“It’s hard being the first at anything, but Penny’s pioneering efforts in being a comfort dog for victims, especially children, has resulted in the comfort dog program now being a permanent part of victim services in the county,” said Mike Manko, Communications and Marketing Manager for Sheriff Kevin Kraus, and long-time community supporter of the PAWS program.
Though Penny thrived in counseling, it was at court where Penny found her true love for the job, and also where her personality truly shined. She took exceptionally well to her new routine, becoming a beloved fixture of the courts she attended, and it was often joked that she didn’t need her human handler to do her job. Penny, the consummate professional, would make her rounds, greet everyone, and then find those who needed her most. Often, as she had worked with many handlers over the years, she would impatiently turn around and sigh at them as they attempted to acclimate themselves to the court. Penny would look back at them and say it all with her eyes: She didn’t have time to wait as she knew what needed to be done and there were people who needed her help.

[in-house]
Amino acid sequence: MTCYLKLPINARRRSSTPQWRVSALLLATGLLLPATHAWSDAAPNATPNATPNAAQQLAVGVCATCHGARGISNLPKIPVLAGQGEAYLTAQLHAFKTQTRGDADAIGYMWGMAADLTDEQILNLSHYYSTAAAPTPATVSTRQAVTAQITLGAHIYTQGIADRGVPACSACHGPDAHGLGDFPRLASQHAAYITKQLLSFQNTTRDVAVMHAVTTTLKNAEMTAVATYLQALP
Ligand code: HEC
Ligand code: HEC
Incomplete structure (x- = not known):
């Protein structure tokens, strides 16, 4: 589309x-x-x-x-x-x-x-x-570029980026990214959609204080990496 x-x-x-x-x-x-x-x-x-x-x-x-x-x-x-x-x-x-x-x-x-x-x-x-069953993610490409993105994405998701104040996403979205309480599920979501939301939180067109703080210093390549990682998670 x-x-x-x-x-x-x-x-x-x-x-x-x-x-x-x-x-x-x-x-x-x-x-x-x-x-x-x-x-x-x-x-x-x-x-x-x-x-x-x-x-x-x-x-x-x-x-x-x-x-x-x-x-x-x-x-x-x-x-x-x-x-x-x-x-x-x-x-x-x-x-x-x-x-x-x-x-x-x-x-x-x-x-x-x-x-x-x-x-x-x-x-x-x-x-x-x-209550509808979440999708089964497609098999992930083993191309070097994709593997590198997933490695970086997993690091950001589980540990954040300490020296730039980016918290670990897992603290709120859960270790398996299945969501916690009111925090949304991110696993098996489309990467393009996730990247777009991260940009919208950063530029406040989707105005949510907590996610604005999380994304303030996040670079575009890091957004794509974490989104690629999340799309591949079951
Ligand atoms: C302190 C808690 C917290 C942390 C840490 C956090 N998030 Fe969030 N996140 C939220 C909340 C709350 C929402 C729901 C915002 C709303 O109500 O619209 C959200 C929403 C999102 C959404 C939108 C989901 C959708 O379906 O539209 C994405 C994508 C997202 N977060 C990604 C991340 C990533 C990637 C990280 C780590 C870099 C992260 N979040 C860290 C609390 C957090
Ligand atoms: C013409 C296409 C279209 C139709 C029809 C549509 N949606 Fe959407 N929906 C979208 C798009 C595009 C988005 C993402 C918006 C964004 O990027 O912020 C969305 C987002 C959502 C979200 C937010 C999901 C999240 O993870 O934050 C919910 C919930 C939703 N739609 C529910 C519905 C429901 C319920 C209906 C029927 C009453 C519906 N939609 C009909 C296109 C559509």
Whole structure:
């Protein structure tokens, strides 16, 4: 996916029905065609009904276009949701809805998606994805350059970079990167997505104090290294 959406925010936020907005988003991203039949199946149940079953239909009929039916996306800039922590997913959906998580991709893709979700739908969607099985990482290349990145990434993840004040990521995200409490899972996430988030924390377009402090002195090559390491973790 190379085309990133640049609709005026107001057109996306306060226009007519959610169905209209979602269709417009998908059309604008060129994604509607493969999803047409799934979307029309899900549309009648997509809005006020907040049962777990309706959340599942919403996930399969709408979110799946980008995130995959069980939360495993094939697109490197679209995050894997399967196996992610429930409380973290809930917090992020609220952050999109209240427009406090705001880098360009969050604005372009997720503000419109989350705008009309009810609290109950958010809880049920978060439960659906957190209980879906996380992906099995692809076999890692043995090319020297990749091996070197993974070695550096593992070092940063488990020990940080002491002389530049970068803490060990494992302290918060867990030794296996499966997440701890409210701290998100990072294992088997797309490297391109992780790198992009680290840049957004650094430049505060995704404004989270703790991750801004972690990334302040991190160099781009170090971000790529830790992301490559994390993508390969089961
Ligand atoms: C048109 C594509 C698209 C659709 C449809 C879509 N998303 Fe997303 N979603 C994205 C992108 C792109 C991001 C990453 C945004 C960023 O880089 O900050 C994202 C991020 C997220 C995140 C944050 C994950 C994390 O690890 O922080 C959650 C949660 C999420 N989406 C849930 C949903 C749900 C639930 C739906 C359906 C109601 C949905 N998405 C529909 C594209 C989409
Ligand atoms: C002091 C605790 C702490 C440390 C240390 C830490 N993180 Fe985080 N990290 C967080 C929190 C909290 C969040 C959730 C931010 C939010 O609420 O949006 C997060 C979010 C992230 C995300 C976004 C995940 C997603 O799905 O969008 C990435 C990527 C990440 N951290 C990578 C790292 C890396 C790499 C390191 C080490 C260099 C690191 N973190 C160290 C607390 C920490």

Her human partners soon learned Penny had a mind of her own and was not afraid to do what needed to be done alone or even argue with them if she disagreed in their approach.
One day, while her human partner was working with a victim preparing to testify, the woman’s abuser started running down the hallway toward them. Penny pulled away from her handler and moved toward the man running at them and then suddenly turned sideways, blocking the victim. The man stopped short, and seeing this, a police officer intervened and led the man away. No one had trained Penny to do this, but she saw a potential threat to the woman she was helping and kept her safe.